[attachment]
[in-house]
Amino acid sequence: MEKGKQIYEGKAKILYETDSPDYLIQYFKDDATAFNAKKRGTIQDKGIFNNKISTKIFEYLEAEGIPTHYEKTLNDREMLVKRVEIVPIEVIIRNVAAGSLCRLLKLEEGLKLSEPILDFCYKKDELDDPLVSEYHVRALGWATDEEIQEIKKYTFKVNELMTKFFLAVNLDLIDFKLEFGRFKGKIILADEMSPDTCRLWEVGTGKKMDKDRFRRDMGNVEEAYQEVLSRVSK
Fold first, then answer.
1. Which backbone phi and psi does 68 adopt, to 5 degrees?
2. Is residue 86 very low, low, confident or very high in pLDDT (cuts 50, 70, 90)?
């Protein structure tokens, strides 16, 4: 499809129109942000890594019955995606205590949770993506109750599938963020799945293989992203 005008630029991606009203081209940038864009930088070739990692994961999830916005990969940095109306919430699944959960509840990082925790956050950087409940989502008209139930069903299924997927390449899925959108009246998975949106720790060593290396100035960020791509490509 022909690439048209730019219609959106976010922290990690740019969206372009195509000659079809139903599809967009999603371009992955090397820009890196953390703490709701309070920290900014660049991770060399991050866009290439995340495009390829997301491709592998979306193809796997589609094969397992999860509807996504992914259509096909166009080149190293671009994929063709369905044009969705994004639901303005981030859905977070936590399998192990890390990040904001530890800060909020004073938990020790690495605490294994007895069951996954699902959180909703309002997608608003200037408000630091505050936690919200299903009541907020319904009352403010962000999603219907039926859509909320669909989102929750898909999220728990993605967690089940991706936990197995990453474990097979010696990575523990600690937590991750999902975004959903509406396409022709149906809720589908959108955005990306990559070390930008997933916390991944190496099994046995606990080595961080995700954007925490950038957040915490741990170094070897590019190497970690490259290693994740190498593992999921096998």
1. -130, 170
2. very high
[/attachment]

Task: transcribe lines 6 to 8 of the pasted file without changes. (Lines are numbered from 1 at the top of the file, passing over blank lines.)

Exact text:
């Protein structure tokens, strides 16, 4: 499809129109942000890594019955995606205590949770993506109750599938963020799945293989992203 005008630029991606009203081209940038864009930088070739990692994961999830916005990969940095109306919430699944959960509840990082925790956050950087409940989502008209139930069903299924997927390449899925959108009246998975949106720790060593290396100035960020791509490509 022909690439048209730019219609959106976010922290990690740019969206372009195509000659079809139903599809967009999603371009992955090397820009890196953390703490709701309070920290900014660049991770060399991050866009290439995340495009390829997301491709592998979306193809796997589609094969397992999860509807996504992914259509096909166009080149190293671009994929063709369905044009969705994004639901303005981030859905977070936590399998192990890390990040904001530890800060909020004073938990020790690495605490294994007895069951996954699902959180909703309002997608608003200037408000630091505050936690919200299903009541907020319904009352403010962000999603219907039926859509909320669909989102929750898909999220728990993605967690089940991706936990197995990453474990097979010696990575523990600690937590991750999902975004959903509406396409022709149906809720589908959108955005990306990559070390930008997933916390991944190496099994046995606990080595961080995700954007925490950038957040915490741990170094070897590019190497970690490259290693994740190498593992999921096998």
1. -130, 170
2. very high